First the context menu for the Productions browser needs to be registered with this ID. This can be achieved by once again modifying the class attribute of our view extension.

  • Find our production view extension: org.eclipse.ui.views >> Productions (view)
  • Append a new argument to the class attribute: ;contextMenuId=#ProductionsPopup

Now your browser should have a context menu registered with the specified ID. You can check this by launching the movie product, activating the Productions view and pressing Alt+Shift+F1. A Plug-in Spy window should pop up and give information on the view. It should say:

The active menu contribution identifiers:
    #ProductionsPopup

Add command extensions

The next thing to do is to add org.eclipse.ui.command extensions for each separate action to be performed.

  • Open the Extensions tab of our plug-in's plugin.xml editor. Add org.eclipse.ui.command extension plug-in: Add... >> org.eclipse.ui.command
  • Right-click org.eclipse.ui.command in the the extension tree, select New >> command, set attribute values:
    • id = com.acme.movie.ui.addMovie
    • name = Add Movie
    • defaultHandler="com.acme.movie.ui.browser.handlers.AddMovie"
  • Add another command with the attributes:
    • id = com.acme.movie.ui.addRole
    • name = Add Role
    • defaultHandler="com.acme.movie.ui.browser.handlers.AddRole"

This should give you the following things in the plugin.xml file whose contents can be seen from the plugin.xml tab of the editor.

   <extension
         point="org.eclipse.ui.commands">
      <command
            defaultHandler="com.acme.movie.ui.browser.handlers.AddMovie"
            id="com.acme.movie.ui.addMovie"
            name="Add Movie">
      </command>
      <command
            defaultHandler="com.acme.movie.ui.browser.handlers.AddRole"
            id="com.acme.movie.ui.addRole"
            name="Add Role">
      </command>
   </extension>

Add handler stub code

In the Extensions tab of the editor select the addMovie command extension. On the right panel, press defaultHandler label link to create the AddMovie class. In the New Java Class wizard that is presented, set Superclass to org.eclipse.core.commands.AbstractHandler and press Finish.

Do the same for the Add Role command.

Add menu extensions

The next thing to do is to add an org.eclipse.ui.menus extension to populate our #ProductionsPopup context menu.

  • Open the Extensions tab of our plug-in's plugin.xml editor. Add org.eclipse.ui.menus extension plug-in: Add... >> org.eclipse.ui.menus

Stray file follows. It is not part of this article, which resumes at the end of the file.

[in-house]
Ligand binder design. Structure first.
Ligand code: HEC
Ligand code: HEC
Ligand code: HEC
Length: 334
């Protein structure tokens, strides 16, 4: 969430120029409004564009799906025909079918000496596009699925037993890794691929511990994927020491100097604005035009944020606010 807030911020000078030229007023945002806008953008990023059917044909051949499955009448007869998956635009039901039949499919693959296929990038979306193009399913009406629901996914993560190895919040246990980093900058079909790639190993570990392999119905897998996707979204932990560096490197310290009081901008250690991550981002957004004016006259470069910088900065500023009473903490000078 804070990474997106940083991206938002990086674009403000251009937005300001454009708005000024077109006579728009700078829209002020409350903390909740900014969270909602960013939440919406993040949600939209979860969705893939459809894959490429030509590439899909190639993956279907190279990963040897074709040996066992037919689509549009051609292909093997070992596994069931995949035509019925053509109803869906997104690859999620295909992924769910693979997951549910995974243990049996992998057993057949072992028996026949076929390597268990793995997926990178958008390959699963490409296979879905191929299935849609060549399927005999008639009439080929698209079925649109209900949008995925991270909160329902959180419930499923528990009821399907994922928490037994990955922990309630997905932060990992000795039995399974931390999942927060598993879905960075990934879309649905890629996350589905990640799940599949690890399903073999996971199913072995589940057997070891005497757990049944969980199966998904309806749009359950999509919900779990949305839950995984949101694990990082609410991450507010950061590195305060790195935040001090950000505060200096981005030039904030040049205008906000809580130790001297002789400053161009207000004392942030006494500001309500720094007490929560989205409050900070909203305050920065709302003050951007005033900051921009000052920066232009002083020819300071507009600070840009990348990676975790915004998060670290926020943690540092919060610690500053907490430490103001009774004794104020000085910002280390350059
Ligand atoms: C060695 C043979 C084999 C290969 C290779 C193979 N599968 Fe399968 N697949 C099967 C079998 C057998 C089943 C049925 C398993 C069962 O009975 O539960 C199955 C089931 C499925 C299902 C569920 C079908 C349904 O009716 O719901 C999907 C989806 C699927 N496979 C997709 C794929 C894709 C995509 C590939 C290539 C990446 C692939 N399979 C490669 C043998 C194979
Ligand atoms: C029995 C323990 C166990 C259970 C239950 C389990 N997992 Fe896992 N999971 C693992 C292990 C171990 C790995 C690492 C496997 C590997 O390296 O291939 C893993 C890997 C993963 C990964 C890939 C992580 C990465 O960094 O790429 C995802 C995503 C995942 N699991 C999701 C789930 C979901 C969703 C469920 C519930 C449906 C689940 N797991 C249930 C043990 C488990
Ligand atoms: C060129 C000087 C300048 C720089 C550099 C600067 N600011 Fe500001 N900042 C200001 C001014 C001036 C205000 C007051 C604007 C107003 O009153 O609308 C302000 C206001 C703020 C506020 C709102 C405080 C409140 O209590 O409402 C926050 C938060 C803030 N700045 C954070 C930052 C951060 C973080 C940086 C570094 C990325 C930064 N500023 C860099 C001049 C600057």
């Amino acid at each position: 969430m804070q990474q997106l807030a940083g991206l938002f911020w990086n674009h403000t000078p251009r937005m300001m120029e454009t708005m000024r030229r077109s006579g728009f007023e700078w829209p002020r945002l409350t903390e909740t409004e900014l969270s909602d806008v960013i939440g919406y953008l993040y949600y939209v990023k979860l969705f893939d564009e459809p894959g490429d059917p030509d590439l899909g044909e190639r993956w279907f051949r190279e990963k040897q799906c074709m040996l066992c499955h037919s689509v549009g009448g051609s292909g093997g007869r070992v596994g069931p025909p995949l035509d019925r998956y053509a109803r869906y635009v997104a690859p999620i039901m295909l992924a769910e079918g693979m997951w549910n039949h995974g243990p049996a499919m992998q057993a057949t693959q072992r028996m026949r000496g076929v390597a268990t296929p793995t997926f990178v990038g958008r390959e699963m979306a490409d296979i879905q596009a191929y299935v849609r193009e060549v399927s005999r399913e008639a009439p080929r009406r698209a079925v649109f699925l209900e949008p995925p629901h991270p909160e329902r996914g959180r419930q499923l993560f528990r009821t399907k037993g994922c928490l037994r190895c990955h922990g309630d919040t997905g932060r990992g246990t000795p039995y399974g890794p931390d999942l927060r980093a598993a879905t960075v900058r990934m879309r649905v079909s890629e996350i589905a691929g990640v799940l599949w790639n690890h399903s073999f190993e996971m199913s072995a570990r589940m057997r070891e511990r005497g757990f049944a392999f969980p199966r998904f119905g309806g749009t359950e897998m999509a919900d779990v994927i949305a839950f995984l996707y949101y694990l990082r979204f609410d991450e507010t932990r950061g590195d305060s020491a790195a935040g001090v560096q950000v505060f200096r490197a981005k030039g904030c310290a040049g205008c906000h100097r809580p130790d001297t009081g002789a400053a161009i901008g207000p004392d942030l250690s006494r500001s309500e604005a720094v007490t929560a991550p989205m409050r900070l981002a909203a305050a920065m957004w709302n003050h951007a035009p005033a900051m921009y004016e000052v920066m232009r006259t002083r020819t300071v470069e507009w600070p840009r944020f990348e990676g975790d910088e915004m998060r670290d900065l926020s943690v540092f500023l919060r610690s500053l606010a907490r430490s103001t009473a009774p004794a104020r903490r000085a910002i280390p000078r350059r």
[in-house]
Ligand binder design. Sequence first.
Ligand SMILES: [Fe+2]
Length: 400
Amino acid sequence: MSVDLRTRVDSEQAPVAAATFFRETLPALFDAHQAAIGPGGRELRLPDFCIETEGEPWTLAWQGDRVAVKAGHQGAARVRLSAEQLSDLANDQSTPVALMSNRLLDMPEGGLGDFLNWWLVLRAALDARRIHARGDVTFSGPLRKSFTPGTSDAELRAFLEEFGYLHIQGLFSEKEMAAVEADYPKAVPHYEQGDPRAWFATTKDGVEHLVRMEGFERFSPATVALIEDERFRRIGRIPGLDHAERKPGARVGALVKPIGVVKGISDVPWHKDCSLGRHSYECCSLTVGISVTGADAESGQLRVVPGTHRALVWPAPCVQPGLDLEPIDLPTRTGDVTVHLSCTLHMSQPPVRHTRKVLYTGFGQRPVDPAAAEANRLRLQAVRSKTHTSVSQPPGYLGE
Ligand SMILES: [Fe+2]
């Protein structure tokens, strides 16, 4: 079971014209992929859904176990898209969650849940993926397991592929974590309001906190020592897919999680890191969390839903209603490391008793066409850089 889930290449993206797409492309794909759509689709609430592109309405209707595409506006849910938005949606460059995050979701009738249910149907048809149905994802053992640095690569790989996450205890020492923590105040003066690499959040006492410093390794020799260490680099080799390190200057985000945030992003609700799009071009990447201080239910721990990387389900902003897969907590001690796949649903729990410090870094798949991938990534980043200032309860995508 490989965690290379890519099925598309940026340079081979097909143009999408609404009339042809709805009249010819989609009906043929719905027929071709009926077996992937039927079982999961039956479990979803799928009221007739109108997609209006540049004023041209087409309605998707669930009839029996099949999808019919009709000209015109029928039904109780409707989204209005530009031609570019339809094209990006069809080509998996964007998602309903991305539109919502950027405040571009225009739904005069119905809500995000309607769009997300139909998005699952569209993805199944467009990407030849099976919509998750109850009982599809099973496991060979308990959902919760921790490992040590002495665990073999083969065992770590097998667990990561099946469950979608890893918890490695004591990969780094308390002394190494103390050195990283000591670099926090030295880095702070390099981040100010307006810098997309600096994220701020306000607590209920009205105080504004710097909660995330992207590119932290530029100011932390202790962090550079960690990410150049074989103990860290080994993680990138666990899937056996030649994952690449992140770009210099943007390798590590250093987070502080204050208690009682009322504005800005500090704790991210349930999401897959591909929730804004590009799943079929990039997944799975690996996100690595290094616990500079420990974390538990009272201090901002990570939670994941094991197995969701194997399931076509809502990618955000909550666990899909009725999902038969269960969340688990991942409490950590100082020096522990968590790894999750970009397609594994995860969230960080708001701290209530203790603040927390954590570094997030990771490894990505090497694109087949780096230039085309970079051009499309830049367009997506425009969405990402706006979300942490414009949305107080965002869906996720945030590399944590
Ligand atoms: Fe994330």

• Right-click org.eclipse.ui.menus in the the extension tree, select New >> menuContribution, set locationURI = popup:#ProductionsPopup

Next comes the actual menu population:

  • Right-click the newly created menuContribution, select New >> command, set id = com.acme.movie.ui.addMovie
  • Repeat the same for the com.acme.movie.ui.addRole command

Add code to create new movies

Open the handler classes previously created, AddMovie and AddRole.

To create a new movie we need to:

  • Create a new movie instance and add it to the project.
  • Set a fresh name for the new movie, in this case automatically without asking the user.

Download the handler code to do this (AddMovie.java) and replace the stub AddMovie class with it.

Check your work

So far we should have the same empty browser UI, except now you should be able to open a context menu from it that contains two actions: Add Movie and Add Role as shown in the figure

Productions browser after adding the first context menu actions.

Selecting the "Add Movie" action at this point will not produce visible results since we have not added any browser contributions to actually show the data. We'll go into this next.

Showing the data - Add browsing contributions

Now let's focus on adding some basic contributions for making data visible to the user.

There are several kinds of contributions that can to be added to make data visible in the browser. The most important contributions are viewpoints, i.e. the contributions that produce the contents for the browser tree. Take another look at the previous tutorial's UI sketch. We will need contributions for doing the following things in the browser: